Would You Tell Your Employees Who to Vote For?

Although controversial, many small-business owners are making suggestions to their employees of who to cast their votes for.
Business Writers
October 18, 2012

In the 2010 Citizens United ruling, the U.S. Supreme Court not only turned over limits on contributions—it also nullified Federal Election Commission rules that kept employers from pushing their political opinions on employees. It appears to be perfectly legal, if controversial, to tell your employees who to vote for, though you still can’t threaten them for supporting a candidate you don’t.

David Siegel, the founder and CEO of timeshare company Westgate resorts (and co-star of the documentary Queen of Versailles), recently sent an e-mail telling his employees that the reelection of Obama would “threaten your job”—and that if the President had another four years to levy the taxes he planned, Siegel would “have no choice but to reduce the size of the company.” Richard Lacks, CEO of Michigan-based car parts manufacturer Lacks Enterprises, also pushed his 2,300 employees to vote Romney in November, telling them that Obamacare could raise the company’s health insurance costs—and that those additional costs would be passed on to employees. And Koch Industries sent out a packet to its 45,000 employees, telling them which candidates the company endorsed. Romney was at the top of the list.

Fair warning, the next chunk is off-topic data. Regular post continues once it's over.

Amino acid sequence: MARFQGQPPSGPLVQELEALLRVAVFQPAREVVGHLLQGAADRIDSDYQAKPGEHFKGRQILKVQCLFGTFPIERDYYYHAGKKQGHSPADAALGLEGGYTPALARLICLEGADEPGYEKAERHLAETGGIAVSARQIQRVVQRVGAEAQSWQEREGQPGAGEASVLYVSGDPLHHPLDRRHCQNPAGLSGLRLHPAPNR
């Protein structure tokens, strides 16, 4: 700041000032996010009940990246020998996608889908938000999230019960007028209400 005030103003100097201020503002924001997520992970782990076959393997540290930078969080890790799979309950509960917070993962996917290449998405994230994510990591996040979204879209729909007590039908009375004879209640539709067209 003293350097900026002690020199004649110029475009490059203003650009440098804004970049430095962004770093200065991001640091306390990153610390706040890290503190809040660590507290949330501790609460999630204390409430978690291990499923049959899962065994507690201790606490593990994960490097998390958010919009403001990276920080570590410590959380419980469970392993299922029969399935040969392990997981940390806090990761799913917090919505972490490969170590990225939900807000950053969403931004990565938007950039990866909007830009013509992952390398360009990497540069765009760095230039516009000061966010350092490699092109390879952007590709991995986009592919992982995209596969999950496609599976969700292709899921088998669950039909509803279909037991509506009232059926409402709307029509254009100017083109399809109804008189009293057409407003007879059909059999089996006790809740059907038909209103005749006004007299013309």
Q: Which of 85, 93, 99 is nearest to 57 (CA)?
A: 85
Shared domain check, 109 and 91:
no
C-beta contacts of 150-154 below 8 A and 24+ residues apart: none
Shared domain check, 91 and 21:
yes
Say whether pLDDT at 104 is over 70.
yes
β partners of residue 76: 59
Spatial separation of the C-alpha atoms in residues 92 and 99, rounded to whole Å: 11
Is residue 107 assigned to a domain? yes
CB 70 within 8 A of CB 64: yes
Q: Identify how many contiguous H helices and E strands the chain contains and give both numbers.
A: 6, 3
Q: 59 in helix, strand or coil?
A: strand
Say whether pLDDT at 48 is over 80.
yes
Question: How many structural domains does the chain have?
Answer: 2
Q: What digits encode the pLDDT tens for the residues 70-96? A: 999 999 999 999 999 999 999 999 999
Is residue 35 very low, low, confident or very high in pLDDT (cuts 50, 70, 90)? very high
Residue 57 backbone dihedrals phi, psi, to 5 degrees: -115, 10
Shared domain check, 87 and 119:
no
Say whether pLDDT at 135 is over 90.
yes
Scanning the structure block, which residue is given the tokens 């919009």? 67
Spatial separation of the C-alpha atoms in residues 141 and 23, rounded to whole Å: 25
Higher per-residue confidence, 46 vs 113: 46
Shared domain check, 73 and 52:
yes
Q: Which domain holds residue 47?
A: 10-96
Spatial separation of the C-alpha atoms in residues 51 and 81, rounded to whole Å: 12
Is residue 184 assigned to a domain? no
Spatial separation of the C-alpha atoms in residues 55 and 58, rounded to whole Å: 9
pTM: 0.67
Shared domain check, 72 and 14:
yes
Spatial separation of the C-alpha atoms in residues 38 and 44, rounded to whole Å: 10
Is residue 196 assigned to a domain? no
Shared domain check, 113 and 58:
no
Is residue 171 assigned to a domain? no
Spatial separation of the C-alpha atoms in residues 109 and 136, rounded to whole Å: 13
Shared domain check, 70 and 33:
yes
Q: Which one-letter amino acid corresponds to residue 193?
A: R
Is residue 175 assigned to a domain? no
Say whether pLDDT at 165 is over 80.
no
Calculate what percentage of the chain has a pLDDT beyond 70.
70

Mitt Romney wants small-business owners to follow their lead.

"I hope you make it very clear to your employees what you believe is in the best interest of your enterprise and therefore their job and their future in the upcoming elections," the Republican candidate told a group of small-business owners on a conference call organized by the conservative-leaning National Federation of Independent Businesses. The call was first published Wednesday by liberal magazine In These Times.

"And whether you agree with me or you agree with President Obama, or whatever your political view, I hope—I hope you pass those along to your employees," he said later in the call, after arguing Obama was anti-business. "Nothing illegal about you talking to your employees about what you believe is best for the business, because I think that will figure into their election decision, their voting decision and of course doing that with your family and your kids as well." (Click here for audio of the call—the words written above are at about the 26-minute mark.)

Would you (or have you) told your employees who to vote for? 

Photo: Getty Images